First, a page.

A shard found at Fort Harmony.
Could this be a piece of this story?
Findings on the
Blue Willow Plates
A Pioneer Calamity
The most cherished possessions of an old country gentlemen
transplanted by his religion from Wales, to a crude, rough-hewn home
in an unconquered desert was a bit of fine china. It might be a few
thin plates or a dainty cup and saucer from which to sip tea.
About all the dishes in Old Fort Harmony were the brown, thick, clumsy
products of our own pioneer potters, or they were plates of tin and
cups that were tin cans on which handles had been soldered by the local
handyman (not true - we have found several shards of very nice china.).
When Aunt Betsy Williams left the Old County, she brought, as a parting
gift from relatives she would never see again, a set of fine English
decorated China. They were her most prized possession and whatever else
had to be sacrificed to the emergencies of the long journey to Zion,
she would never consent for her dishes to be sold or be left by the
wayside. They crossed the ocean in steerage, they crossed the plains
in an ox train, and reaching the valley at length in safety, they graced
her fist log home in Cottonwood Canyon where her husband found work
on a saw mill.
A tragic death took her companion away. He fell into the saw and was
almost cut asunder. A hurt Betsy gathered up her few possessions among
which were her cherished dishes and her four small children, came as
a widow, to live among relatives in Old Fort Harmony. Here her dishes
gave to her humble cottage an air of aristocratic distinction, for hers
was the finest tableware in the entire settlement.
One day word came to the Fort that Brother Brigham and his party
were coming and would spend a day with them. On such rare occasions
the Bishops tinware was exchanged for Aunt Betsys fine China
in order that the visiting authorities might be served with befitting
dignity. Today, the Bishops wife had come for the dishes and the
two women had washed and polished them and they were stacked on the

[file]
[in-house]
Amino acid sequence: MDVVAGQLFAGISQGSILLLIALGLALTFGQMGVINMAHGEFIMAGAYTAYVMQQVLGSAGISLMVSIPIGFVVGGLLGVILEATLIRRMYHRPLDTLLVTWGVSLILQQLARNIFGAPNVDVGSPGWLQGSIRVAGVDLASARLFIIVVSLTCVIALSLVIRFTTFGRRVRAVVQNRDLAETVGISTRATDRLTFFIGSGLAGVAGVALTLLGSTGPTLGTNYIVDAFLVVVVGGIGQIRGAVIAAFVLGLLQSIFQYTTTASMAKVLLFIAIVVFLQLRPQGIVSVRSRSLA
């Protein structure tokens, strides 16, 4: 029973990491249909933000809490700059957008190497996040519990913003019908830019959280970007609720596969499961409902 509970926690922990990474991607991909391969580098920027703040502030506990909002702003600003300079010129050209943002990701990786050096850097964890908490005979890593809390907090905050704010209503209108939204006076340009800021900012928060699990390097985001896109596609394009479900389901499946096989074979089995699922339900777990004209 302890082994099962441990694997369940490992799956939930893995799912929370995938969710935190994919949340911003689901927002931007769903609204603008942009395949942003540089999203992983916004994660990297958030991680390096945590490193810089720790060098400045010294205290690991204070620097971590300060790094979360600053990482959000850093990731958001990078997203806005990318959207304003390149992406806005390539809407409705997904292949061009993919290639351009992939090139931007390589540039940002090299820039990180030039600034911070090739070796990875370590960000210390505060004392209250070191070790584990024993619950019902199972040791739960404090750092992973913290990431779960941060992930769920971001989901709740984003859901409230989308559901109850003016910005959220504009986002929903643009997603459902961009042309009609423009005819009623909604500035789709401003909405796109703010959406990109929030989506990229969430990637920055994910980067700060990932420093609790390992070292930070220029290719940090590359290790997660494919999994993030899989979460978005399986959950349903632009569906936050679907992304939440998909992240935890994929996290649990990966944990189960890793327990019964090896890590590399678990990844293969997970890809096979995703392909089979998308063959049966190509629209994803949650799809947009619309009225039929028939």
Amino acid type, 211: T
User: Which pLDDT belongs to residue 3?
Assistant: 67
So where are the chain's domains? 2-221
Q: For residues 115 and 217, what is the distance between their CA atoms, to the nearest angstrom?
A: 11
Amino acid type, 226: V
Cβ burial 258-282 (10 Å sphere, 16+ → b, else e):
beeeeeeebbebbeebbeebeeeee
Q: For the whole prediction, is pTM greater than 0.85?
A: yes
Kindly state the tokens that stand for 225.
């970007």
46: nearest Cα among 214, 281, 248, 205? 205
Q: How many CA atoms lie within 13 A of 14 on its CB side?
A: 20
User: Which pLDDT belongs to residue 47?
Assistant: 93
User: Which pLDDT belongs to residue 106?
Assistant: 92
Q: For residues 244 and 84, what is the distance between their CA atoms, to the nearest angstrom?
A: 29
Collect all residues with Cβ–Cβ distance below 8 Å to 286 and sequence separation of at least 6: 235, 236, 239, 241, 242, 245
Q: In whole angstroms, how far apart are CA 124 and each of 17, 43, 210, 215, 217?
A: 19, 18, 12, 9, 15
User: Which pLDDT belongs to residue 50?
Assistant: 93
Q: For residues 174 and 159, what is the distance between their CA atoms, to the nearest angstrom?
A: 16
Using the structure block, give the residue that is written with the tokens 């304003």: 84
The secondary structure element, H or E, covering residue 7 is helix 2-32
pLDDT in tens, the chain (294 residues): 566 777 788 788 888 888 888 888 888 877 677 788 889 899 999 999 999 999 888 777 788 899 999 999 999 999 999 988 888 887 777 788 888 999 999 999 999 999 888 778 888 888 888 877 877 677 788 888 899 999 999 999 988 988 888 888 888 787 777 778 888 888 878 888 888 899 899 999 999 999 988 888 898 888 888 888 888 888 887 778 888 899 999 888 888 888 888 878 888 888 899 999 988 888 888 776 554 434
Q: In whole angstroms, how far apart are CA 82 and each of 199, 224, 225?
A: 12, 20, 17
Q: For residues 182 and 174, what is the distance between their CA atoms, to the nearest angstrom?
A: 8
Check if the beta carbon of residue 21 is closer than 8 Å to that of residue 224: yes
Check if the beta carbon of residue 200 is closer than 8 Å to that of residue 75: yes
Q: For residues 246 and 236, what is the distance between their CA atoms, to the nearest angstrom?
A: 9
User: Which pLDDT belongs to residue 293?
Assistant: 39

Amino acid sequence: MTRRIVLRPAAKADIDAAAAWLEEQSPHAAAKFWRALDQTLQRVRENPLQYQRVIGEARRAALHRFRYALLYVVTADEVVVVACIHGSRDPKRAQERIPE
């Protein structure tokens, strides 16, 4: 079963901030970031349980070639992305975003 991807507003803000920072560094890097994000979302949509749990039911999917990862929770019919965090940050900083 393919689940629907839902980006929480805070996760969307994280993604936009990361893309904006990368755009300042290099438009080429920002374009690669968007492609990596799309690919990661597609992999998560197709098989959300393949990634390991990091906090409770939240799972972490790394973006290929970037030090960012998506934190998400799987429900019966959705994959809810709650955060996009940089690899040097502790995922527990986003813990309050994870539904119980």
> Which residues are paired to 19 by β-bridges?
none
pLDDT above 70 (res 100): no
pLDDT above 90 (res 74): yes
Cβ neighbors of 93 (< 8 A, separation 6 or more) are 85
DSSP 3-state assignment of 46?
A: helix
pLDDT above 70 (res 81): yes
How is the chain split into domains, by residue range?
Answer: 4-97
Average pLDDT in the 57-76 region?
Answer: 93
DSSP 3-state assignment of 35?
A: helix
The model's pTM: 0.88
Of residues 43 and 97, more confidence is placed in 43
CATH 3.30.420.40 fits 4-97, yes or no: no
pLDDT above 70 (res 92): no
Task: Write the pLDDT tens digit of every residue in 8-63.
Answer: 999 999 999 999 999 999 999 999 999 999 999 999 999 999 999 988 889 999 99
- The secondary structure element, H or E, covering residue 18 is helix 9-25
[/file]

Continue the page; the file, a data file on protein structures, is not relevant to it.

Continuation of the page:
table ready to be carried away. The widows oldest child Rees,
a boy of 10, was playing marbles on the floor.
Aunt Betsy said, Rees, my boy, you play over on the side of the
room. You get in the way when you come around the table.
Sister Lee, It was good of you, Aunt Betsy, to let us use your
lovely dishes. I am so thankful when the President comes to visit us
that we do not have to serve him with our horrible looking things. It
would be so embarrassing to give Brother Brigham one of our old yellow
crock plates and a salmon can to drink out of. You dont know how
much I appreciate your kindness.
Aunt Betsy, Oh well, Sister Lee, you know Brother Brigham and
the brethren belong to all of us, and we must all see that their visit
is pleasant. I am thankful that I have something that can be used on
such occasions. You do have plenty of good foods to serve them with.
It would be terrible if they had to come and eat the vitals I could
Sister Lee: Oh, your foods will be all right. Anything would taste
good off such lovely dishes.
Aunt Betsy, You are welcome to use the dishes, but I do want you
to be very careful with them. Dont let the children wash them
or handle them. Put them in the basket right off the table and bring
them back dirty for I would rather wash them myself. You know I brought
them from the Old Country and they mean so much to me. I think it would
break my heart if anything happened to them.
(Aside) Rees, I tell you to stay away from the table.
Sister Lee, No, Aunt Betsy, I wont bring them home dirty,
but I promise to wash them myself, and I will be very careful about
Aunt Betsy, It is not only that they are lovely dishes, but they
are all the dishes we have. What would I do if they were broken? However,
could we live without dishes of some sort. Even the Indians have to.
(Here Rees bumps into the table leg and the dishes crashed..)
Picture Aunt Betsy grabbing at them and screaming. She seizes Rees and
spanks himkisses himspanks again. My son, my son, what can
we do? What can we do? How can we eat? There is not a dish or cup left
to drink out of. Shakes himthere is not a dish to be bought this
side of Salt Lake City, and we havent got a cent of money if we
were there, etc., etc. (There is plenty of emotions dn hysteria)
Sister Lee (Arms around Aunt Betsy trying to comfort her.) Dear
Aunt Betsy, dont cry too much about it. We will share our dishes
with you. This is a terrible tragedy to you, and it is a great calamity
to the entire Fort. However, can we entertain the authority when they
This story submitted by Lyman &